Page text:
“Rybar accused the Novaya Tuva movement of disseminating anti-war propaganda and inciting ethnic discord within the Russian Federation. This report is noteworthy in the context of the recent increase in the formation of regionally-based volunteer battalions through Russia, many of which fall along distinct ethnic lines,” the ISW added.
“Rybar’s post as well as previous reporting on a ‘Free Buryatia’ anti-war group bring to the fore the risk that Putin’s apparent desire to have non-Russians bear the brunt of the war at this stage could create domestic tension in these regions,” the institute noted.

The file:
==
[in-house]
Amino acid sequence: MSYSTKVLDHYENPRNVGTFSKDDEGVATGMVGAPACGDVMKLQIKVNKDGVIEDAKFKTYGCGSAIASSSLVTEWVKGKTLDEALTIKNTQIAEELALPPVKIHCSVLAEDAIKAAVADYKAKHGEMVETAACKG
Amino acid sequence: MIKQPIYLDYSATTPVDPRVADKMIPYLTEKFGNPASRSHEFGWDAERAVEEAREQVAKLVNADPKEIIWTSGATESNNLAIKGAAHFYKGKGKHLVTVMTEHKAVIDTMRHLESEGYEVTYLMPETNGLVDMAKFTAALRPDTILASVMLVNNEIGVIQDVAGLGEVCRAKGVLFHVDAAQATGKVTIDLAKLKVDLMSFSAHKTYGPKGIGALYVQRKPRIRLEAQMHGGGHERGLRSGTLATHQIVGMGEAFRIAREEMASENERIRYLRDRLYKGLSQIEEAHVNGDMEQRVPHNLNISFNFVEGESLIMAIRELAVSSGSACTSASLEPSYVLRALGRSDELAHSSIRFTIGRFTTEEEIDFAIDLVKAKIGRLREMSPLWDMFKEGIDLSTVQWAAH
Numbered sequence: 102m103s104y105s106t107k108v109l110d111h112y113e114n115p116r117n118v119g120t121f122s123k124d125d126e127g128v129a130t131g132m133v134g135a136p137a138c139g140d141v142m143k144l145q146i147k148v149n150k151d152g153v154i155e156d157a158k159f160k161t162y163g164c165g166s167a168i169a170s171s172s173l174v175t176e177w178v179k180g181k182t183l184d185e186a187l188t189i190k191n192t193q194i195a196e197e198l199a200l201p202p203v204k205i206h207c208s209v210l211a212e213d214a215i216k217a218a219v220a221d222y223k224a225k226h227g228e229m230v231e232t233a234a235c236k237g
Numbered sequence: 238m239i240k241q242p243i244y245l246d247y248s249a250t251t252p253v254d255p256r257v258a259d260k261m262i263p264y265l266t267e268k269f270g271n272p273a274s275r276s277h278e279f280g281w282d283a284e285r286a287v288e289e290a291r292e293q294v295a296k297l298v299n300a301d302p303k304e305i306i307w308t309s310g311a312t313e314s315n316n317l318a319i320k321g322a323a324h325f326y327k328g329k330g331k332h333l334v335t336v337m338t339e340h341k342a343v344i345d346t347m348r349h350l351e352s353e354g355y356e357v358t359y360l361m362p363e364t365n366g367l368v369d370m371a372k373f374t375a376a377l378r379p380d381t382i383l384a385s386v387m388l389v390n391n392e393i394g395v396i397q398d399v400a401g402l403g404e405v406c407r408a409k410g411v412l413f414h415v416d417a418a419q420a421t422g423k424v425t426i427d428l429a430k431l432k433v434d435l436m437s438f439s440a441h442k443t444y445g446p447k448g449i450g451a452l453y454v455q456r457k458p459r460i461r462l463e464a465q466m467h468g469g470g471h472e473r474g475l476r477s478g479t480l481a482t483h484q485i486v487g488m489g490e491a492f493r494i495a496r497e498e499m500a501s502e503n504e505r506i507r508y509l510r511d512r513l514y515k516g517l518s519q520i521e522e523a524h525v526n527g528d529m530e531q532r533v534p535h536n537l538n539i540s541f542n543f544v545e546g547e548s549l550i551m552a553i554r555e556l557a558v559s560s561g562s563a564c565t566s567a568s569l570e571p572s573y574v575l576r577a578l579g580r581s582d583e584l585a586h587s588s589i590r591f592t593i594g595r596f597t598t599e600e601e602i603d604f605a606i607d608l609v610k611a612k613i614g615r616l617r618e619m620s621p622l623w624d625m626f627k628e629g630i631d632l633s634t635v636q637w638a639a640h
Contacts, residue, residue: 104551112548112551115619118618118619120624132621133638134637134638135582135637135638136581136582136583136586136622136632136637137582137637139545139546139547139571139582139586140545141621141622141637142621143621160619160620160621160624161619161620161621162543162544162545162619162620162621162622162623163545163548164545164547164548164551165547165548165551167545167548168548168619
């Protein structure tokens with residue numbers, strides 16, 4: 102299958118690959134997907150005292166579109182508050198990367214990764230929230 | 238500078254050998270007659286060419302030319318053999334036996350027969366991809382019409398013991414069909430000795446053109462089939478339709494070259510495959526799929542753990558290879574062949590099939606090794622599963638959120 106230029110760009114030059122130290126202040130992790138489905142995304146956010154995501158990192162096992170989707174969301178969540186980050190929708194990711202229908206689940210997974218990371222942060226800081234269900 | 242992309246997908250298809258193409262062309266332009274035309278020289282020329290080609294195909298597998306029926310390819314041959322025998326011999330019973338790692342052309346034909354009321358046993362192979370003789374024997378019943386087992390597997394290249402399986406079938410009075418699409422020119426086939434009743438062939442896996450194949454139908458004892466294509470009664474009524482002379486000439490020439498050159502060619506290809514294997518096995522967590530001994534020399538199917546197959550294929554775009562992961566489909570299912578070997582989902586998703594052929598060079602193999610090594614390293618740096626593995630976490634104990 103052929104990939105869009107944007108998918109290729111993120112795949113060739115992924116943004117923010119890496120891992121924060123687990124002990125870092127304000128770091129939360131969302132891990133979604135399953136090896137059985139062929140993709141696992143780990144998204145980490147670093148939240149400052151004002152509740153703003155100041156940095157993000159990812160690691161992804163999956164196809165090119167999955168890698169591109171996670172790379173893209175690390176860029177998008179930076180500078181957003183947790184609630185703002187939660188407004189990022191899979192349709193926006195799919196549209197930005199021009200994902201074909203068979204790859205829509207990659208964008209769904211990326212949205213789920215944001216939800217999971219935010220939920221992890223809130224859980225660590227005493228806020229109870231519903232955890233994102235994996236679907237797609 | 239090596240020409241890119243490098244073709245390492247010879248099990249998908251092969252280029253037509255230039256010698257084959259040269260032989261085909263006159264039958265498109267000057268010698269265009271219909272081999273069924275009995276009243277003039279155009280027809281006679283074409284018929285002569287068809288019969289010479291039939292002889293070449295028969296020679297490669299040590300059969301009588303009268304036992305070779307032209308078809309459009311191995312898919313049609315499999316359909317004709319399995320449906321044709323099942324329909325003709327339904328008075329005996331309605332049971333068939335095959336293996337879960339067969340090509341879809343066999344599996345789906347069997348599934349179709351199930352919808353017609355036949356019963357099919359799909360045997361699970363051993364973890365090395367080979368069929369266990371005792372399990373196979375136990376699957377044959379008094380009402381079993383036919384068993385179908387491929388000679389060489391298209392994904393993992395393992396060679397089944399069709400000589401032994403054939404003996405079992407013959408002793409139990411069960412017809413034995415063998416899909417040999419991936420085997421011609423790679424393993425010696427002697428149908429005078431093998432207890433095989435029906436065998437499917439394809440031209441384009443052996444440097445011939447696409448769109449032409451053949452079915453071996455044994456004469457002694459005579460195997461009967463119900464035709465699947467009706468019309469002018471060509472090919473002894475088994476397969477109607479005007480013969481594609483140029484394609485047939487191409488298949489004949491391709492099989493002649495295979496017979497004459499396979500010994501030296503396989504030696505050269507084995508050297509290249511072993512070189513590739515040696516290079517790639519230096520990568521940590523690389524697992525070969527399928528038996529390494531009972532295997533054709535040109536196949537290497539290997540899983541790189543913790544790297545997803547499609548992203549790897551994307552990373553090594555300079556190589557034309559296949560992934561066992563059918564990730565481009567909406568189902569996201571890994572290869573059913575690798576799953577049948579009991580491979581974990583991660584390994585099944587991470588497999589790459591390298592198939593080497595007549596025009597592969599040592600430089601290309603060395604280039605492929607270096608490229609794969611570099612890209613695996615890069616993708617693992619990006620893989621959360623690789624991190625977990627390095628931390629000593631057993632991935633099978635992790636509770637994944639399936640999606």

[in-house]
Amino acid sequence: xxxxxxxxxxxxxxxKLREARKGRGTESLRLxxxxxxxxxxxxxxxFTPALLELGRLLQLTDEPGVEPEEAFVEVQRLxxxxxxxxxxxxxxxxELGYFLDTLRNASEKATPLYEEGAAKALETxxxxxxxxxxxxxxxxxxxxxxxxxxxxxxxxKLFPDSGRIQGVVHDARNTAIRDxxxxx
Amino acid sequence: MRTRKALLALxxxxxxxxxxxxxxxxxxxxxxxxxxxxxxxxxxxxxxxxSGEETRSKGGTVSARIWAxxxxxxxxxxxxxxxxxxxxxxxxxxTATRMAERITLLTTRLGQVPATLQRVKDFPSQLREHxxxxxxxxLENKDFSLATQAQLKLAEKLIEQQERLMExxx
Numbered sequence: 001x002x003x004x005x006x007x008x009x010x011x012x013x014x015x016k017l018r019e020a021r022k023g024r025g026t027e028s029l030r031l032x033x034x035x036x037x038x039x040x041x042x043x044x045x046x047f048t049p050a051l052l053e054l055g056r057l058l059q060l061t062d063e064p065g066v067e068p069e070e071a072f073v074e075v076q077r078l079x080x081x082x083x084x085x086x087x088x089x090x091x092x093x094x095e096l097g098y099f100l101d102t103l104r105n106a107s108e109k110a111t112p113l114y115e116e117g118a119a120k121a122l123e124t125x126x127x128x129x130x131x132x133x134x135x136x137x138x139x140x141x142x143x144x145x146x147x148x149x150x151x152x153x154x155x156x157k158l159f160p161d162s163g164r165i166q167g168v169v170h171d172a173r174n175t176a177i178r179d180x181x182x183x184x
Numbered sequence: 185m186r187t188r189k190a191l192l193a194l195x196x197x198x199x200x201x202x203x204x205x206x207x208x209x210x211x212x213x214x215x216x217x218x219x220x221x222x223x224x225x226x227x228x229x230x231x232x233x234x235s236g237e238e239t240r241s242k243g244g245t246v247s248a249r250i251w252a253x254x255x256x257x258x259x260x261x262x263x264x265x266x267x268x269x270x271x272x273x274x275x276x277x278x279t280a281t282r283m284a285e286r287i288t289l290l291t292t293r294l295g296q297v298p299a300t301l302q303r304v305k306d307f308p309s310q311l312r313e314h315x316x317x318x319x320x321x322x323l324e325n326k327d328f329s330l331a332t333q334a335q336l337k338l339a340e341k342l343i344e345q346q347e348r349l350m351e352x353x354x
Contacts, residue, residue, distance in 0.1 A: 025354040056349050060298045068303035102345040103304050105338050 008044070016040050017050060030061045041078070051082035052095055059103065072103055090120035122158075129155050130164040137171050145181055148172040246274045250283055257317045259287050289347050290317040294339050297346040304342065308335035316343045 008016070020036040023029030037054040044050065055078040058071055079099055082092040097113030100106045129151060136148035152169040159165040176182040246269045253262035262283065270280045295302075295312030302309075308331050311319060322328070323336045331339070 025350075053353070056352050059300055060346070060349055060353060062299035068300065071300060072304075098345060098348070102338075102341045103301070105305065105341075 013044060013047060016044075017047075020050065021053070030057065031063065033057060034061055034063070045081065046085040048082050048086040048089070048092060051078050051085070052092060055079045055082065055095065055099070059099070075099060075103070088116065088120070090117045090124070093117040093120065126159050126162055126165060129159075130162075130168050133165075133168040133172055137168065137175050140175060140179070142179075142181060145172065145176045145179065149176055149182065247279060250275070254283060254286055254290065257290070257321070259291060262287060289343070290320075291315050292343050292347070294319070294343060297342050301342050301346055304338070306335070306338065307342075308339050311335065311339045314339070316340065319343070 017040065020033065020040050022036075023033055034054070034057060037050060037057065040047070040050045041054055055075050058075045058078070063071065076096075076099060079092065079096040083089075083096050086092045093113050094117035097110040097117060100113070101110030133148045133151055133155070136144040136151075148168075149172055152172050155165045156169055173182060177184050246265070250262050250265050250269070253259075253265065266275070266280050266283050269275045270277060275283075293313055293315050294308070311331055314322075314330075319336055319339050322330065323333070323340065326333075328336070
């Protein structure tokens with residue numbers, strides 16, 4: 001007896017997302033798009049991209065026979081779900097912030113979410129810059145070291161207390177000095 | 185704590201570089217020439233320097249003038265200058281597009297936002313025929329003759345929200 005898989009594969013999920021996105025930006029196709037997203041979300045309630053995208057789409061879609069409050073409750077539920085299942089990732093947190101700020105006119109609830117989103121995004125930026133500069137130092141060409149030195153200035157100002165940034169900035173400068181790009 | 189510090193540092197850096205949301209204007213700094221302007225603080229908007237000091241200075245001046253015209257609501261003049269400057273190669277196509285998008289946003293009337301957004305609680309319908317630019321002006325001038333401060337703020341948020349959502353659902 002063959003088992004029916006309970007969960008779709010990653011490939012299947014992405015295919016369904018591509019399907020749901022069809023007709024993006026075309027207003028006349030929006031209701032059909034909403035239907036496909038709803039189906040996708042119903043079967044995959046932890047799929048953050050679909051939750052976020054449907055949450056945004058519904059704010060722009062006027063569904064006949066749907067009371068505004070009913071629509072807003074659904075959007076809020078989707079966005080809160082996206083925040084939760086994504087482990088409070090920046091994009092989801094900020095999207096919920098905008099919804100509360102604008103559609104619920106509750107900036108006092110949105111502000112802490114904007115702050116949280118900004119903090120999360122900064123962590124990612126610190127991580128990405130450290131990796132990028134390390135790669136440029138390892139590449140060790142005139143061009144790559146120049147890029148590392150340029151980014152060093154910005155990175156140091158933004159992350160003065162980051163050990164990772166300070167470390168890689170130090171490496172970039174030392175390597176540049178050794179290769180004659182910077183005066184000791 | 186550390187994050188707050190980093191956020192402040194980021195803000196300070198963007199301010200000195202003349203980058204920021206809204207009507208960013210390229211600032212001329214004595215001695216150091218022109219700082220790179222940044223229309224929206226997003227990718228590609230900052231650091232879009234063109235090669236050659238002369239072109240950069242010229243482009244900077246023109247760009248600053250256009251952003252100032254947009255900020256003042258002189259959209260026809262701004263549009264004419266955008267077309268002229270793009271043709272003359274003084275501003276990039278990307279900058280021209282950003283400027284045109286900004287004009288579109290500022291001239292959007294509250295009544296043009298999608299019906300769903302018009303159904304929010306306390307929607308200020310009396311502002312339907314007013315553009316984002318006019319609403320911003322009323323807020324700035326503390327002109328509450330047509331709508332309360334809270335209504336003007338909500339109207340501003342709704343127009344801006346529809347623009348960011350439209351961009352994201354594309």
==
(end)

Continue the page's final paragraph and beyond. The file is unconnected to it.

Russia has ‘weaponised’ economic integration: US
US Treasury Secretary Janet Yellen has said Washington would impose harsh consequences on countries that abused or broke international economic order.
“Economic integration has been weaponised by Russia,” she stated, calling for all responsible countries to unite in opposition to its war in Ukraine.
She added she was heartened by conversations with South Korean counterparts on a proposed cap on Russian oil prices while visiting South Korea, the final leg of her 11-day visit to the Indo-Pacific region.
Jill Biden will host Ukrainian first lady at White House on Tuesday
Jill Biden will host Ukrainian first lady Olena Zelenska at the White House Tuesday afternoon, according to a release from the East Wing. The two women are slated to talk privately during a scheduled bilateral meeting.